If you own a wooden chair, it’s likely that one or more of its rungs have broken over time due to age, humidity and wear-and-tear. But don’t despair – there are many ways to fix the broken rungs on your beloved chair!

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To get started, you’ll need a syringe, some glue and an area that is well-ventilated. Polyurethane glue is recommended and can be found at most hardware stores. Additionally, you will require a screwdriver and hammer – both of which should be in your toolkit.

Repairing your favorite chair’s rungs requires using the correct glue. Look for one that can be combined with water, as this will help it adhere better. Alternatively, you could use polyurethane adhesive on dry wood but this may require more work than when the wood is damp.

Repair broken tenons

A damaged tenon can leave a gaping hole in the joint and call into question the integrity of your entire project. A properly milled tenon should be shaped for its location within the piece and have accurate dimensions.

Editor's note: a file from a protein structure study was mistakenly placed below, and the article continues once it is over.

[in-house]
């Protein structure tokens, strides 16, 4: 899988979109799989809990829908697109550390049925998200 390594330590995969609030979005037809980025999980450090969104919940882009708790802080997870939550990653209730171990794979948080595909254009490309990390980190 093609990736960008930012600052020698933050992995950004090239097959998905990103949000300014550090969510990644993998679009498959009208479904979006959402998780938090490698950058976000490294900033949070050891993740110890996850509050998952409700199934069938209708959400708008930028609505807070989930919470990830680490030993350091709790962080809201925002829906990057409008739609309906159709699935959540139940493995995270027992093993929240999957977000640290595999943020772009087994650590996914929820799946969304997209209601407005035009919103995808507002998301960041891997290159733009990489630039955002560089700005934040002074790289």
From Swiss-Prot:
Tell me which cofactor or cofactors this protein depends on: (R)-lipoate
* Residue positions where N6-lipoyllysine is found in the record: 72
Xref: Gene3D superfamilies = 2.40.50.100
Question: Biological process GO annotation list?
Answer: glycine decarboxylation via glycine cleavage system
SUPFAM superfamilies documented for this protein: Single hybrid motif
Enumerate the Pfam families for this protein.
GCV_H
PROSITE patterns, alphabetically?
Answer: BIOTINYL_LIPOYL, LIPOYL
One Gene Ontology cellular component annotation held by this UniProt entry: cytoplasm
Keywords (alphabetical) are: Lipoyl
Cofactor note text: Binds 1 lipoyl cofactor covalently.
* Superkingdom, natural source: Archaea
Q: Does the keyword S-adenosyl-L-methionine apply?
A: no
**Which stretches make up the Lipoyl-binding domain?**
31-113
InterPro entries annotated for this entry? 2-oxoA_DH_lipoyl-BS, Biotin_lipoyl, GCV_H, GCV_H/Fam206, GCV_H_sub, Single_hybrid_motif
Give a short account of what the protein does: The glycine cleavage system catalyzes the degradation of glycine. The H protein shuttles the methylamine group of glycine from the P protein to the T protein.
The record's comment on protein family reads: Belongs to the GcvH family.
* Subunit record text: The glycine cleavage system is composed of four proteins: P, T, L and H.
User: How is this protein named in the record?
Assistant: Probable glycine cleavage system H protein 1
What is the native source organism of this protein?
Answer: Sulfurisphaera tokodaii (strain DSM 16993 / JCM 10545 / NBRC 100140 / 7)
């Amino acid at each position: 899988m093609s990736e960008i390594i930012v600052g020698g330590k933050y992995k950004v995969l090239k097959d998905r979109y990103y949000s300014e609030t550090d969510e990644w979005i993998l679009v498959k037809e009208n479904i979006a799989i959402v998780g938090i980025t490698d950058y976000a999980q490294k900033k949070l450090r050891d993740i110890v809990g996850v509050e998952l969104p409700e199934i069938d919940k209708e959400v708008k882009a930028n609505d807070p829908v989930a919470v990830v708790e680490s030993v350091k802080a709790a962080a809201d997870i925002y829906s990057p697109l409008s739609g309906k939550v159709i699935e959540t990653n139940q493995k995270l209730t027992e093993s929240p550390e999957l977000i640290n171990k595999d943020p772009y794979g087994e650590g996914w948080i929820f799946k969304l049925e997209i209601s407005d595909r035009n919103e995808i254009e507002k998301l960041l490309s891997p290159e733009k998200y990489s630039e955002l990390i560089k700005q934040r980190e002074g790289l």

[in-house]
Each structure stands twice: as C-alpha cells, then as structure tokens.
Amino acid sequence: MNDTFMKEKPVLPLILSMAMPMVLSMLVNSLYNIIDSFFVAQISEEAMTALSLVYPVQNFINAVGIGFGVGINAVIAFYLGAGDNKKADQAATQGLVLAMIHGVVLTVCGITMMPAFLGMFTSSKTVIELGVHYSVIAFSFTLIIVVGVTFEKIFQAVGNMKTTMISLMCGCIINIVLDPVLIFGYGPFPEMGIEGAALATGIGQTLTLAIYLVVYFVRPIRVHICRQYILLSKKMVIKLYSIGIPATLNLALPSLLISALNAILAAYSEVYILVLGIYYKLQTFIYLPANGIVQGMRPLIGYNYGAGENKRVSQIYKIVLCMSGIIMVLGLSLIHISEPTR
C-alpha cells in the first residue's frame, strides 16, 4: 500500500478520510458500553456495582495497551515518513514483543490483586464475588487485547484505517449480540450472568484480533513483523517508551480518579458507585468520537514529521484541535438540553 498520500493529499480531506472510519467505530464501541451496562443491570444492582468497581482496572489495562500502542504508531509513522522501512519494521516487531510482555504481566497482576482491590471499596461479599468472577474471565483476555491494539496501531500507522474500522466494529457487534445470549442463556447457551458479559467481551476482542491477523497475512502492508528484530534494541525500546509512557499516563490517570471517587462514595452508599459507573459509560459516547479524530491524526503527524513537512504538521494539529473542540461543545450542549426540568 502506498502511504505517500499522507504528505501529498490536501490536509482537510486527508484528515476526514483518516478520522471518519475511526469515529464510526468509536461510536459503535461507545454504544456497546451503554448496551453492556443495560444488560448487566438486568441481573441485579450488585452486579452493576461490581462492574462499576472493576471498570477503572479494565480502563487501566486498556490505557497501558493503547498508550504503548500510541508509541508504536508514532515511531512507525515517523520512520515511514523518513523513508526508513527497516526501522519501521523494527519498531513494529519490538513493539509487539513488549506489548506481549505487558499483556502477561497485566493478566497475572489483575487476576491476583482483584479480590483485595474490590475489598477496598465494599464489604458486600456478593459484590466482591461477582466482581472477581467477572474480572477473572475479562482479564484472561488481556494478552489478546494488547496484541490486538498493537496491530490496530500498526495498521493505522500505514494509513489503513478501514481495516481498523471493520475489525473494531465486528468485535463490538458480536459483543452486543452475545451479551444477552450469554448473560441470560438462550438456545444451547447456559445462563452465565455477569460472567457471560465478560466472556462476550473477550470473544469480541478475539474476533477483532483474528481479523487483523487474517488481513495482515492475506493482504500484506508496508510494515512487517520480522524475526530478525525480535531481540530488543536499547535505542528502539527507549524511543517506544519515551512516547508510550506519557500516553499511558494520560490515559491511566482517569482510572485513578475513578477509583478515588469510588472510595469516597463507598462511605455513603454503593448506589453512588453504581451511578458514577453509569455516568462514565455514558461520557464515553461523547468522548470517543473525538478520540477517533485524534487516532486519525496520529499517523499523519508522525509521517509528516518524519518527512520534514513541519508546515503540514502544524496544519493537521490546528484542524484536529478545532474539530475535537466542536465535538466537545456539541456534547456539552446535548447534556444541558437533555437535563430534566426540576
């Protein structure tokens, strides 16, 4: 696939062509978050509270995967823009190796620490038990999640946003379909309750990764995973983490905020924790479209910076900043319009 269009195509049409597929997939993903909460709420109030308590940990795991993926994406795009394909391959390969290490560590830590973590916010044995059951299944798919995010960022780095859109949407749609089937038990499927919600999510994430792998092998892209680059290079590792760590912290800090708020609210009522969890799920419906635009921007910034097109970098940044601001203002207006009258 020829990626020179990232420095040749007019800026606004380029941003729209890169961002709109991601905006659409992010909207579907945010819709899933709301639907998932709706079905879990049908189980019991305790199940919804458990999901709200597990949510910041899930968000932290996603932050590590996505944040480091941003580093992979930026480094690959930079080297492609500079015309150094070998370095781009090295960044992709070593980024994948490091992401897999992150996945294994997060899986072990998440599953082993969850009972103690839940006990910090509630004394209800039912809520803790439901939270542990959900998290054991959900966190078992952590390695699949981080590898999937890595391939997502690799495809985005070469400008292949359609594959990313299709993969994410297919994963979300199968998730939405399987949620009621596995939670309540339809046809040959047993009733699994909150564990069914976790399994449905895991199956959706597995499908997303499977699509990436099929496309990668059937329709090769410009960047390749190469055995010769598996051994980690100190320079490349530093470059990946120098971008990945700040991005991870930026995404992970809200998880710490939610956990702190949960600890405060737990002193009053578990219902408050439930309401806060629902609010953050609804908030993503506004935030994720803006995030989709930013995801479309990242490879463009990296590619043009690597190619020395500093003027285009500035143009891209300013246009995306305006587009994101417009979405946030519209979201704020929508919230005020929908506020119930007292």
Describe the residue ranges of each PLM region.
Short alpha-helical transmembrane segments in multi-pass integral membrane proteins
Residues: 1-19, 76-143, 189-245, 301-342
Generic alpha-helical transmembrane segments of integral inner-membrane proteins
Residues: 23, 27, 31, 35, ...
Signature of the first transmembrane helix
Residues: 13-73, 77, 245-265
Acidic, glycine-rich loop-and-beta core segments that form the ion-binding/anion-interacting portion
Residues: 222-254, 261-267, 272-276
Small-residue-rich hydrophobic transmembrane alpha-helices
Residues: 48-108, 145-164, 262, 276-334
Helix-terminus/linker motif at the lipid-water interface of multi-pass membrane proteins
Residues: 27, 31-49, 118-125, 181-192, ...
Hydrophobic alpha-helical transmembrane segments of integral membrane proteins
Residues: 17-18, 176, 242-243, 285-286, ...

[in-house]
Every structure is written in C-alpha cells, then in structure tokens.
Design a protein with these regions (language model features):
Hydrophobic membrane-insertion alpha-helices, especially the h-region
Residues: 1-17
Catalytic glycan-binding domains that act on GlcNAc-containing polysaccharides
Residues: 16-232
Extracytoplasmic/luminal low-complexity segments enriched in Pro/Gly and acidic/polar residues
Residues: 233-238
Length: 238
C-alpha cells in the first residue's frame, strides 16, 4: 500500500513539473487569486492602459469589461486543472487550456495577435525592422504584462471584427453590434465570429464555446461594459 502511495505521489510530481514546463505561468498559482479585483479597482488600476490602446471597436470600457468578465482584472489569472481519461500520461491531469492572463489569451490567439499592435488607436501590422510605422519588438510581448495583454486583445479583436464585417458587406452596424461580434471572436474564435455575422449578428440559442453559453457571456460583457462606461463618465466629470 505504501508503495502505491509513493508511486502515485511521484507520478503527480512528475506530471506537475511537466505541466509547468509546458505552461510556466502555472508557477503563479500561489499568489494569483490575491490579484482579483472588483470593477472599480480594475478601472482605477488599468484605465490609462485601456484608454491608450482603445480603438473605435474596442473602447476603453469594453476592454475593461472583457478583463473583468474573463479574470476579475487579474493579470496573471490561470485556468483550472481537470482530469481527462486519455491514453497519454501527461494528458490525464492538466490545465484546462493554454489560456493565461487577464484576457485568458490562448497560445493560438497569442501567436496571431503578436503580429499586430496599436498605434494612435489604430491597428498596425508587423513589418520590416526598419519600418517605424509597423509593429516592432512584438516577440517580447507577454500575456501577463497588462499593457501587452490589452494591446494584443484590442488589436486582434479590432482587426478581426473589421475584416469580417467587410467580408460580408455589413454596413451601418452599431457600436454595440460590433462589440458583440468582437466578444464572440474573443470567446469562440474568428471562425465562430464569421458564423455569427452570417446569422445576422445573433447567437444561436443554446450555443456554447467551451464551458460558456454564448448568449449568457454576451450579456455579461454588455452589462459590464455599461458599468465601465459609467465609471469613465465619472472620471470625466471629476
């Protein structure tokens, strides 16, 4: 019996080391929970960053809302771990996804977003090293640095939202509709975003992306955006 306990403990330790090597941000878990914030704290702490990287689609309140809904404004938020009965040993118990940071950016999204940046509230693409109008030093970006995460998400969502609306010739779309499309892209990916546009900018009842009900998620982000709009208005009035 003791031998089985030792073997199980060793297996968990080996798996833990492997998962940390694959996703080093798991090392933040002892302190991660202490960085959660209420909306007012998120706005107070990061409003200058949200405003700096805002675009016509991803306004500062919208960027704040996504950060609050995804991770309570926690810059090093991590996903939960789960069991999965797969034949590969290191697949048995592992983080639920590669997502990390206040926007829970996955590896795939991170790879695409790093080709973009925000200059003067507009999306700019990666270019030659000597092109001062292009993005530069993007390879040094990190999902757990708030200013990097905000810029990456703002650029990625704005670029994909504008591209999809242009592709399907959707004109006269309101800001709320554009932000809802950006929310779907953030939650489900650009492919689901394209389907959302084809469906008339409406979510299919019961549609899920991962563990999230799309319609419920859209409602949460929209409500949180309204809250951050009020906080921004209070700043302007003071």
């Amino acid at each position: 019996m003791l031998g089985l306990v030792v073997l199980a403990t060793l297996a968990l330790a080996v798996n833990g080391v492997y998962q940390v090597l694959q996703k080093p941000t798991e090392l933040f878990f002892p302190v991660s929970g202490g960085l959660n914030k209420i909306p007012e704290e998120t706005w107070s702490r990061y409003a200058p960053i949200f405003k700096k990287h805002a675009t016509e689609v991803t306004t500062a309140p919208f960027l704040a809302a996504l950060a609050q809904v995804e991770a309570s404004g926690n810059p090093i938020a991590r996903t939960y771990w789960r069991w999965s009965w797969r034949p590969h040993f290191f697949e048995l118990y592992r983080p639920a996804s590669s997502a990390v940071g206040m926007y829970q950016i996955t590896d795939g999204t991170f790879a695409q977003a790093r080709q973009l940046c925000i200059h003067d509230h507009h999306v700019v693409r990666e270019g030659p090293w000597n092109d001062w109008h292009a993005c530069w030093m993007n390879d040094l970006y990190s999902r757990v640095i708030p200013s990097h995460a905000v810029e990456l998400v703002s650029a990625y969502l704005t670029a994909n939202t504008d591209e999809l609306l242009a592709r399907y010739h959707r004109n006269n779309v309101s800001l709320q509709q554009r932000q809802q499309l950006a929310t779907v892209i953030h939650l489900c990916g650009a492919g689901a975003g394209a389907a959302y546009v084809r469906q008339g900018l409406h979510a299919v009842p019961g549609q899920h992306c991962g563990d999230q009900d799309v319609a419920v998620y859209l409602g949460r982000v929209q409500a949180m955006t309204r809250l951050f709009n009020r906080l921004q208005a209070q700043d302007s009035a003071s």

Depending on the nature of the void, there are several methods for repairing a broken tenon. If it is in a mortise, you can splice in new wood that fits inside the old one and re-drill its holes so they align with that indentation.

If the tenon is in a socket, you can enlarge it for stronger joint. You could also reinforce cracked ends with glue and silk thread by applying thin coats of glue onto the cracked end, wrapping tightly with silk thread, then letting dry before inserting it into its socket.

Once you’re happy with the strength of your tenon, clean it thoroughly to remove any old hide glue or PVA glue that has adhered to it. A small paint scraper works best here as hot water will soften hide glue so it comes off easily.

Another option is to enlarge the tenon using a wedge made of soft wood. Be careful not to pound it too hard, as that could split the joint. From something soft like pine quarter-round, cut a wedge that fits the width and depth of the saw cut in the tenon.

You want the wedge to spread the saw cut slightly and widen it slightly. You can do this with a hammer and chisel.

The next step is to sand the wedged tenon smooth and straight. A good sanding will make the joint easier to set and clamp securely.